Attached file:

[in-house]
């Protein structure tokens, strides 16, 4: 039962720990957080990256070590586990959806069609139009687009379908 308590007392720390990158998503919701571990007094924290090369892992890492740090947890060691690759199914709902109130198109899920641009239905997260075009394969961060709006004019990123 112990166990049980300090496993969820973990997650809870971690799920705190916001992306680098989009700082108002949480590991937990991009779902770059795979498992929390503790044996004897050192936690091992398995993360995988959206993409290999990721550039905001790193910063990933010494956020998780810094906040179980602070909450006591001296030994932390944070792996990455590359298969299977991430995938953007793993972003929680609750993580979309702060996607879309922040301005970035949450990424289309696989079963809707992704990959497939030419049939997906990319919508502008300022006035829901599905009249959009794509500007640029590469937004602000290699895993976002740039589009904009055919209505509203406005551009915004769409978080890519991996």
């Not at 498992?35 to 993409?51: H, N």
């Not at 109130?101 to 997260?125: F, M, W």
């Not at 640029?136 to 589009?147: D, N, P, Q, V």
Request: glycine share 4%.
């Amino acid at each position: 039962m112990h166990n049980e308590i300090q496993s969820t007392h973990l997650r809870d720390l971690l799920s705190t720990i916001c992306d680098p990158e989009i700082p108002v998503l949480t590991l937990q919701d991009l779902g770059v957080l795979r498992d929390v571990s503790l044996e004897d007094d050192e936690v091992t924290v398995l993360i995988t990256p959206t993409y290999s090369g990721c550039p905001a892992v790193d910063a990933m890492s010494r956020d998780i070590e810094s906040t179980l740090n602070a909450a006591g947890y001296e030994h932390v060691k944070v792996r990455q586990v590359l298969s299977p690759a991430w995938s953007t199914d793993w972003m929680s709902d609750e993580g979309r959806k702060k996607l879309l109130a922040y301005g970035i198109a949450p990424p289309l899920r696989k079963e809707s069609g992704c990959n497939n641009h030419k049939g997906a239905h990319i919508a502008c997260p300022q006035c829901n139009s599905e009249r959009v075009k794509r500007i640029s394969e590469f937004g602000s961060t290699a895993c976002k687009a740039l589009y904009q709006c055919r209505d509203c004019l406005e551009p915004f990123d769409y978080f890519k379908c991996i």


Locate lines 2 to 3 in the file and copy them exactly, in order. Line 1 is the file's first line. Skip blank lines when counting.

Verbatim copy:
């Protein structure tokens, strides 16, 4: 039962720990957080990256070590586990959806069609139009687009379908 308590007392720390990158998503919701571990007094924290090369892992890492740090947890060691690759199914709902109130198109899920641009239905997260075009394969961060709006004019990123 112990166990049980300090496993969820973990997650809870971690799920705190916001992306680098989009700082108002949480590991937990991009779902770059795979498992929390503790044996004897050192936690091992398995993360995988959206993409290999990721550039905001790193910063990933010494956020998780810094906040179980602070909450006591001296030994932390944070792996990455590359298969299977991430995938953007793993972003929680609750993580979309702060996607879309922040301005970035949450990424289309696989079963809707992704990959497939030419049939997906990319919508502008300022006035829901599905009249959009794509500007640029590469937004602000290699895993976002740039589009904009055919209505509203406005551009915004769409978080890519991996």
């Not at 498992?35 to 993409?51: H, N």